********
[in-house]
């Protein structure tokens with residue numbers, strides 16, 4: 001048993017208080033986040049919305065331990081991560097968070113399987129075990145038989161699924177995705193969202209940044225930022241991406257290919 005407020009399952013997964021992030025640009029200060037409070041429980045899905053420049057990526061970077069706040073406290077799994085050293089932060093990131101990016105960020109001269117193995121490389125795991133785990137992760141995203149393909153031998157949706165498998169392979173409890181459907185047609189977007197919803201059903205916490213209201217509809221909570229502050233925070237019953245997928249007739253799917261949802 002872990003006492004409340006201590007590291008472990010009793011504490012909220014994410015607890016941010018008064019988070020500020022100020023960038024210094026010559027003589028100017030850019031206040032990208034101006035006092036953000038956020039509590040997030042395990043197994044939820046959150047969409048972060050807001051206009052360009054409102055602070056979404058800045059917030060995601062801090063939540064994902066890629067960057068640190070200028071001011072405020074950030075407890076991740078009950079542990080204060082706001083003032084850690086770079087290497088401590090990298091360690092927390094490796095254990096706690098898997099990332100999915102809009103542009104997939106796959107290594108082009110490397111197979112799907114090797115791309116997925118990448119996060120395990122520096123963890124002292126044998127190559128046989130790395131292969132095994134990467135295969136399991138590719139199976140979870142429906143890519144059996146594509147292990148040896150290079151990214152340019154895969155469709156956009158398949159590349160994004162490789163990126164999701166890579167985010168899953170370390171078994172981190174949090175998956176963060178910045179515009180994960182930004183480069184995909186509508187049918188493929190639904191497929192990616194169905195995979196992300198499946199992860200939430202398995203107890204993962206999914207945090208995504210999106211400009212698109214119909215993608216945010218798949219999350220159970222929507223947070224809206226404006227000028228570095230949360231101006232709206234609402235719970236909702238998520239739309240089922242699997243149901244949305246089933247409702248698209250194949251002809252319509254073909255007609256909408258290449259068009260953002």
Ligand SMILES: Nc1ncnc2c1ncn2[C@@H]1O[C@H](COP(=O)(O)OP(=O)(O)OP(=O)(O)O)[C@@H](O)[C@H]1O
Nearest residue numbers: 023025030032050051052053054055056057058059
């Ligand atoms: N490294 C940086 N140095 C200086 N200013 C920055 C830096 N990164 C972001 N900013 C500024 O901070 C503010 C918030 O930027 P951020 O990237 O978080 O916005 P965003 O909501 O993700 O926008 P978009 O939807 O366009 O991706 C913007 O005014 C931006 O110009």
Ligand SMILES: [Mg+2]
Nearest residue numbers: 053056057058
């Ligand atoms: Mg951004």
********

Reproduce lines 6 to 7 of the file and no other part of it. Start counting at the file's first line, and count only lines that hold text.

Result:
Ligand SMILES: [Mg+2]
Nearest residue numbers: 053056057058